#5 Paid professionals do the ministry because we want things done professionally.  Our ministry values make it nearly impossible for lay people to be involved, except to serve the desires of staff.  The mission requires that each believer be ready to use his/her gifts to bring the gospel to their world.

 

#6 We value image over substance.  We want to look good.  We want to feel successful.  We want church to work like a well-oiled machine.  We stop looking for deep, transformational, prayerful and messy change.  It’s only when we are being shaped by the presence of Christ, that we can show people the Kingdom of God.

 

#7 We want immediate ministry success (usually defined as numbers), over ministry resilience.  Ministry resilience (the ability to adapt, stay faithful and move forward in our world), requires enduring through trials over time while experiencing the faithfulness of God.  Ministry resilience is what keeps a ministry on mission for the long haul.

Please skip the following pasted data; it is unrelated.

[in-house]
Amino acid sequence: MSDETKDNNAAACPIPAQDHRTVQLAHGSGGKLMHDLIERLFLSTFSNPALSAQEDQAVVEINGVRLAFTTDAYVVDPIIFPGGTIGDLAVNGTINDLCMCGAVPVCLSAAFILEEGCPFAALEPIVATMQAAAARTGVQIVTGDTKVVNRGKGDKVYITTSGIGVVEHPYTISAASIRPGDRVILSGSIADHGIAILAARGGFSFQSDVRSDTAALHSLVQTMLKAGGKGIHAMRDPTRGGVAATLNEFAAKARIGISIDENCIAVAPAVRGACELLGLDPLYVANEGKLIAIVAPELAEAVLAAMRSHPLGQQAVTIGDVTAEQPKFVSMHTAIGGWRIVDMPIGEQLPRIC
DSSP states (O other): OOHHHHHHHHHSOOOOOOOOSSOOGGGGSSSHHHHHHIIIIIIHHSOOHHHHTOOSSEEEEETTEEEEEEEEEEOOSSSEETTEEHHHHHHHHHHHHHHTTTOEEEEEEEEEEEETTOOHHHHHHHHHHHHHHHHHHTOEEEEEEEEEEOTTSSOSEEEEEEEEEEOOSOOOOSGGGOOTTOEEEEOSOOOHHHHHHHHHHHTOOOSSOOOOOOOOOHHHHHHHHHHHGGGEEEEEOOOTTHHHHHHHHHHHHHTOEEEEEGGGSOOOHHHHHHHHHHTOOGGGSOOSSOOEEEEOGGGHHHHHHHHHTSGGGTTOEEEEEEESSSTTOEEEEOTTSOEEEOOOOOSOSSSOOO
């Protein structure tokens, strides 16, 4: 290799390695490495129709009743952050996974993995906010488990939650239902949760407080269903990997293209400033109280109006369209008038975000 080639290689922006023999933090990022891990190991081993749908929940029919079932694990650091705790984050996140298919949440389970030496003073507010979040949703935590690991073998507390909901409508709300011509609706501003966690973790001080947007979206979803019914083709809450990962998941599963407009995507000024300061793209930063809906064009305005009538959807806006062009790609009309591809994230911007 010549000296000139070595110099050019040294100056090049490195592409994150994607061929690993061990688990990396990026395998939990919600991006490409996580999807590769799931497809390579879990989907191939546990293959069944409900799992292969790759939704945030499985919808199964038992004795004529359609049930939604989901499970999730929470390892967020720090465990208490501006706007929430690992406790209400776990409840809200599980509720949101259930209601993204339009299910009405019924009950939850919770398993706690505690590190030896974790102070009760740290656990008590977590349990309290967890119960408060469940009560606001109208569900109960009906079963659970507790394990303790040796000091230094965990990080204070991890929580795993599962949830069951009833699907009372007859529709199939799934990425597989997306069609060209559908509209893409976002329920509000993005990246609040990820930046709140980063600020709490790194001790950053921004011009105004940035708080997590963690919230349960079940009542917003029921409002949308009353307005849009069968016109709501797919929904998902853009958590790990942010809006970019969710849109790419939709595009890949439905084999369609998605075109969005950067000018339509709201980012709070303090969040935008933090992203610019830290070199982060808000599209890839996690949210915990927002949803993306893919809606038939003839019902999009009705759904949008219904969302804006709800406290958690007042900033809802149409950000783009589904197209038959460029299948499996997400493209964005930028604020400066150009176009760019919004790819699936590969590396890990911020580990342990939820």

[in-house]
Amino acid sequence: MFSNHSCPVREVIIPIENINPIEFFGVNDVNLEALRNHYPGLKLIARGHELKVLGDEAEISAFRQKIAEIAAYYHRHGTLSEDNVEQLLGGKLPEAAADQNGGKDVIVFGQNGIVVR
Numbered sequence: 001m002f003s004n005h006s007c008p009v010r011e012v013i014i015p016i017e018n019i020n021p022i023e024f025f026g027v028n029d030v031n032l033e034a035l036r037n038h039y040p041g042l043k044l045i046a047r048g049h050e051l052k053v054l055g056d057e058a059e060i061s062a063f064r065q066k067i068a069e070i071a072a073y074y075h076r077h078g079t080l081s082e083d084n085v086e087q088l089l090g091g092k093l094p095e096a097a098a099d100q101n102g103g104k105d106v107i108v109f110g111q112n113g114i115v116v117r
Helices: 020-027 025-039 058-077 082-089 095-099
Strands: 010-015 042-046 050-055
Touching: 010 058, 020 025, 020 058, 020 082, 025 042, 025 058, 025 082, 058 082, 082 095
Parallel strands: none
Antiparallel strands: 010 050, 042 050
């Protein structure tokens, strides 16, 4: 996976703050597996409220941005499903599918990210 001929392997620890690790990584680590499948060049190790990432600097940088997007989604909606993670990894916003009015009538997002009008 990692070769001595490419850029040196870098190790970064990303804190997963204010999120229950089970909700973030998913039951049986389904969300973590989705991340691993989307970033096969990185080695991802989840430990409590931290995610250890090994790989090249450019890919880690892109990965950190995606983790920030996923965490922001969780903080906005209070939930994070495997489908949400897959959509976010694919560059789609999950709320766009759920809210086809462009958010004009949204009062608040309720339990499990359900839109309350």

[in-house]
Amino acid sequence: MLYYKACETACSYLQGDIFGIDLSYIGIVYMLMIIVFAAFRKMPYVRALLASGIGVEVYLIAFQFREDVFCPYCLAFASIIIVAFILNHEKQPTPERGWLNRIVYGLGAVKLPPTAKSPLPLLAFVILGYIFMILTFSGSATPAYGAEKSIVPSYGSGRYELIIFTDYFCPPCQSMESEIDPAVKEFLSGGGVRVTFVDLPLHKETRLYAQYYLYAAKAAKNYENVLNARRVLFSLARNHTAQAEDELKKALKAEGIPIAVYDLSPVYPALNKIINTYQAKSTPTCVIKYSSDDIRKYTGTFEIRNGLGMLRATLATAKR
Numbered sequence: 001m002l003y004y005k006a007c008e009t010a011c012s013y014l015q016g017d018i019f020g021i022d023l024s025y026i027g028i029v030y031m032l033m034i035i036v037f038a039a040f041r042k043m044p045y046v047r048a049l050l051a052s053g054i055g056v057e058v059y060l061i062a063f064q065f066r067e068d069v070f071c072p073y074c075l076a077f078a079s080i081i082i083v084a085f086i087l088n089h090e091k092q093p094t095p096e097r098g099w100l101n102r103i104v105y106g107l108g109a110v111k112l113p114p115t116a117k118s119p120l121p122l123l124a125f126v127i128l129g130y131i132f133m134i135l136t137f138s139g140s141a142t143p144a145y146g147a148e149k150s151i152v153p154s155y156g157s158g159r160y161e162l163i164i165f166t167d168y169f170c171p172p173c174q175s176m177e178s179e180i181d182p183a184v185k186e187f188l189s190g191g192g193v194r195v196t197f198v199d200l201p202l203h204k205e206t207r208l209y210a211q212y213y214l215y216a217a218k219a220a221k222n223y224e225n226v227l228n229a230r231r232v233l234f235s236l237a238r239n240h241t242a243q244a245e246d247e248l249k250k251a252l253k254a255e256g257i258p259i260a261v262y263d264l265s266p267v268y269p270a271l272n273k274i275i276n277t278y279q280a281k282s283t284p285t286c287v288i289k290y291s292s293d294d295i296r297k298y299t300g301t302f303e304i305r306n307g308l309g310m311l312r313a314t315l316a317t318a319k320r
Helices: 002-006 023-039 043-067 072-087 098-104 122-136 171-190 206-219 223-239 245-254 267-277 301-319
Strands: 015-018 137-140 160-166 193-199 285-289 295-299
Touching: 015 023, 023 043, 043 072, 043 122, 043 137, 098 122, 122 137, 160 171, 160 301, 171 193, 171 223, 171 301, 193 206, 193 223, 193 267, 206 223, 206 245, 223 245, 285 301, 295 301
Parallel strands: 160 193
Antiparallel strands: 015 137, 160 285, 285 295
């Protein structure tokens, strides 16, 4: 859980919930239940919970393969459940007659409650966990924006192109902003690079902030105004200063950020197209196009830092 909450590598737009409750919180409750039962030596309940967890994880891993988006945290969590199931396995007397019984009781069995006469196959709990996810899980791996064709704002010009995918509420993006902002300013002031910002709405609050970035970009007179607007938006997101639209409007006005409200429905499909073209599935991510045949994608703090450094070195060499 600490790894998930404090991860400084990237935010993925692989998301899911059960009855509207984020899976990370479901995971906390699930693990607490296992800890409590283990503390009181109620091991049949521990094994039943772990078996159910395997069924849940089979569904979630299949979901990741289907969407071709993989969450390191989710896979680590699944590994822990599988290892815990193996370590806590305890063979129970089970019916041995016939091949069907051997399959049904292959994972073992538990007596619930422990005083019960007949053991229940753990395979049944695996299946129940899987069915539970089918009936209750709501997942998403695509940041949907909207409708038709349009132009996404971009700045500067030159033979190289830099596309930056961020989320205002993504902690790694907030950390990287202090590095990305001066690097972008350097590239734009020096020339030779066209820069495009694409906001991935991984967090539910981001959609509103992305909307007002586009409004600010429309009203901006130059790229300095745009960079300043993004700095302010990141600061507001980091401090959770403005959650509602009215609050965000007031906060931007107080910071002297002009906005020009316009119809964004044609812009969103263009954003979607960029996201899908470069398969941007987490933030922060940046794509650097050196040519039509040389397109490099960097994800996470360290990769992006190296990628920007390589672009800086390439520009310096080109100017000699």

My prayer is that the body of Christ will be led by pastors and churches who are committed to staying on God’s mission for the long haul. If we’ve lost the edge, I think regaining the edge must begin with #1 and #2.  From there God can reshape his mission in us.

 

How have you seen these at work?  Are there other indicators that you’ve seen or experienced?

Please share if you think this would be of encouragement to any others!  Thank you.